In my humble opinion (and experience), the best kind of diabetes conversation happens when it’s least expected among a group of people who are willing to listen and learn about it.
I was fortunate enough to have this exact type of conversation with my newly formed volleyball team after our first match of the season. (Side note that until then, I’d never played volleyball in my entire life. I was a ball of nerves the whole time, but I think that joining the league will have a positive impact on my mental health, social life, and diabetes, so I’m excited to see where the season takes me.) We were gathered around the table in a bar, enjoying a pitcher of beer and learning more about one another, when diabetes entered the conversation – as it almost always does, eventually, when I meet new people.
We probably spent less than 10 minutes on the subject of diabetes, but the whole time we did talk about, I felt extremely thankful to be surrounded by people who asked thoughtful questions, demonstrated curiosity to learn more, and made a pointed effort to ensure my comfort throughout the whole conversation. The energy that the group was emitting made me feel good as I shared my experiences and showed them my Dexcom and Omnipod devices, the latter of which isn’t always easy to do around new people because I can be a little self-conscious of how they appear on my body. But it felt natural to be open and upfront about all things diabetes, as I’ve experienced it, because everyone genuinely cared to learn more.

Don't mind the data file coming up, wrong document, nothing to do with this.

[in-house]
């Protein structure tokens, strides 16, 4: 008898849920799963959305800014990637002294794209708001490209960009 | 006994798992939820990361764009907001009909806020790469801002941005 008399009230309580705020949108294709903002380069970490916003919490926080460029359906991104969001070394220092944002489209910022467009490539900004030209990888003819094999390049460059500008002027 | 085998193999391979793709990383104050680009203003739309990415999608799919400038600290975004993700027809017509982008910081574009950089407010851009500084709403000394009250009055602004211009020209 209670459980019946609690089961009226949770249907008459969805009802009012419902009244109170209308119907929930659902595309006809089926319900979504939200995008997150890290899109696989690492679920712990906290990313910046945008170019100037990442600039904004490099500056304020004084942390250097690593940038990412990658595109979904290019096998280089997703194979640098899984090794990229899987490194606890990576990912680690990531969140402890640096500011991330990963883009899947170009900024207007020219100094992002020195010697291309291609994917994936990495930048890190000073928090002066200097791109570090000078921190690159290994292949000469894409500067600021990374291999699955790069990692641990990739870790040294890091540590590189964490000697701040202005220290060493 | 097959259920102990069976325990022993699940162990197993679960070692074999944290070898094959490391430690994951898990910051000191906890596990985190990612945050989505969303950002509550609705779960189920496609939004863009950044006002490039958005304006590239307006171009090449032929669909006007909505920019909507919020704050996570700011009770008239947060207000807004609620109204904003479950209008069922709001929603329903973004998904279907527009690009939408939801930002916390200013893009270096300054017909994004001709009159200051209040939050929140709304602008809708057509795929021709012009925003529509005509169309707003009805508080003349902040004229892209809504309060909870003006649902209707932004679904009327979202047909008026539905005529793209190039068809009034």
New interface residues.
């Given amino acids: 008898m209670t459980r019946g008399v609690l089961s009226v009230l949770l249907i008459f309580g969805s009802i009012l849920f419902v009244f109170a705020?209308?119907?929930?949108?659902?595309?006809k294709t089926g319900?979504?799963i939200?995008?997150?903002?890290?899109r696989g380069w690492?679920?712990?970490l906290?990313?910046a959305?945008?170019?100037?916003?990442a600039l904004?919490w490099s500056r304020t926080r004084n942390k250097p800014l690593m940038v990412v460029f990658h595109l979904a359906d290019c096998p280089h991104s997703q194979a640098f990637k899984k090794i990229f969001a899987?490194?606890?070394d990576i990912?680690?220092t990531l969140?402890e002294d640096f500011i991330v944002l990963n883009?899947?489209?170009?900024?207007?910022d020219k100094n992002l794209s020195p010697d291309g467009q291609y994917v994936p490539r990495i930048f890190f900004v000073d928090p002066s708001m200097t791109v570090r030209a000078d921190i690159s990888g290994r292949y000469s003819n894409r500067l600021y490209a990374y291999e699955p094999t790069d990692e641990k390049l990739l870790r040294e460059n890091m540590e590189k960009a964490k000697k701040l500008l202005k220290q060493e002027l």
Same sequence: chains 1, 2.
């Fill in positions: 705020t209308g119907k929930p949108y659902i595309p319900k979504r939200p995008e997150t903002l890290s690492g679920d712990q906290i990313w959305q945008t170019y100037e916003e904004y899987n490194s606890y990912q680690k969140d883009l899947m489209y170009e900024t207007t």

That’s what made it such a lovely conversation; in turn, it will also serve as a great reminder to me that telling new people about diabetes doesn’t always have to be an intimidating or stressful ordeal.